However, the state government will have to pay for the construction and operation of the museum 4,643 million Mexican pesos during 21 years at a yearly rate of 221.1 million Mexican pesos, according to information based on official documents obtained by Mayaleaks

Río Lagartos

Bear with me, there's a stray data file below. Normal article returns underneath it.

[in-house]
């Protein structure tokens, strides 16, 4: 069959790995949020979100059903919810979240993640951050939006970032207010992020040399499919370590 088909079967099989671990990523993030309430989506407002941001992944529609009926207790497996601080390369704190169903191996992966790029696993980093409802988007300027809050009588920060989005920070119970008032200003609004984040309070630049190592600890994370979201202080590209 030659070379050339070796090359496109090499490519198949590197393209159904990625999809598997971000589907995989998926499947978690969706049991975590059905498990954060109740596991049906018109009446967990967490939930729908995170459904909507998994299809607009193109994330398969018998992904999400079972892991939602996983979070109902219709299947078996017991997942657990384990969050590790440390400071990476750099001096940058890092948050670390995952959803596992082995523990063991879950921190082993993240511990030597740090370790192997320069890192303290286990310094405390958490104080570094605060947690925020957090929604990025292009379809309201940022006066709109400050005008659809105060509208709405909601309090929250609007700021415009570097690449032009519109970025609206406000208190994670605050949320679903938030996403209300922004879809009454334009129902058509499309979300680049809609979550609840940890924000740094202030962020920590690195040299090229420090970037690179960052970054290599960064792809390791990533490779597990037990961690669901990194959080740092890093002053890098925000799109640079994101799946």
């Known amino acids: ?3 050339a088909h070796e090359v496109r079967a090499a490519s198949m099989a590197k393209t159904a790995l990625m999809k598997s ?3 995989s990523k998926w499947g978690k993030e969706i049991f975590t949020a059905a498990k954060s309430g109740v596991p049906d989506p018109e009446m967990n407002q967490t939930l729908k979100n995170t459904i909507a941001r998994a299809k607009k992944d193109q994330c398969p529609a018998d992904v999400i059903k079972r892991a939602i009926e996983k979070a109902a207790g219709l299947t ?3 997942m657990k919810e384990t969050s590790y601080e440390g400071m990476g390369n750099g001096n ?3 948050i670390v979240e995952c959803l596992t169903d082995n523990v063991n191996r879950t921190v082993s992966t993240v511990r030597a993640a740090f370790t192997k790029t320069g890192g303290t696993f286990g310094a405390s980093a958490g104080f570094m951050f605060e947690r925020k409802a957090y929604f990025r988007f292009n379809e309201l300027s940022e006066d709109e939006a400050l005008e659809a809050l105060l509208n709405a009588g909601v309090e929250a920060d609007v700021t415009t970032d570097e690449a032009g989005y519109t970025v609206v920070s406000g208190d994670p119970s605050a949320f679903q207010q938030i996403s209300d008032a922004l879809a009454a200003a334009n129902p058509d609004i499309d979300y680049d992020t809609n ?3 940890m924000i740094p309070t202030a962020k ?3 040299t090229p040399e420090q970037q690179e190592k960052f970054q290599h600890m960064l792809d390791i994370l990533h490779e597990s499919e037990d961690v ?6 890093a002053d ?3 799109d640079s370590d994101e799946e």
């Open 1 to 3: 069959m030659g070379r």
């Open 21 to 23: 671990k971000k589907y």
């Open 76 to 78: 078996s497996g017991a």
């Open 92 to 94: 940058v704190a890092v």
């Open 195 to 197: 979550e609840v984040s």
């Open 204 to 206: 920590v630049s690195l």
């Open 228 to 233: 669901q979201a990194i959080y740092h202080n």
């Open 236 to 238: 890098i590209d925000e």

Río Lagartos is a town in the state of Yucatán, Mexico. The town lies 42 kilometres north of Tizimín. Mérida is 230 kilometres further. Río Lagartos is located at a lagoon, the Ria Lagartos, part of a natural reserve; this makes it an ideal place for birdwatching. This lagoon is part of the Petenes mangroves ecoregion, the Ria Lagartos has been designated as an internationally recognized Important Bird Area. In 2004, UNESCO designated the area as Ría Lagartos Biosphere Reserve; the creek where Francisco Hernandez's 1517 expedition tried to obtain water, was named El Estero de los Lagartos, because of the "many large alligators". World Wildlife Fund. Eds. Mark McGinley, C. Michael Hogan & C. Cleveland. 2010. Petenes mangroves. Encyclopedia of Earth. National Council for Science and the Environment. Washington DC Official Website Río Lagartos Photo Essay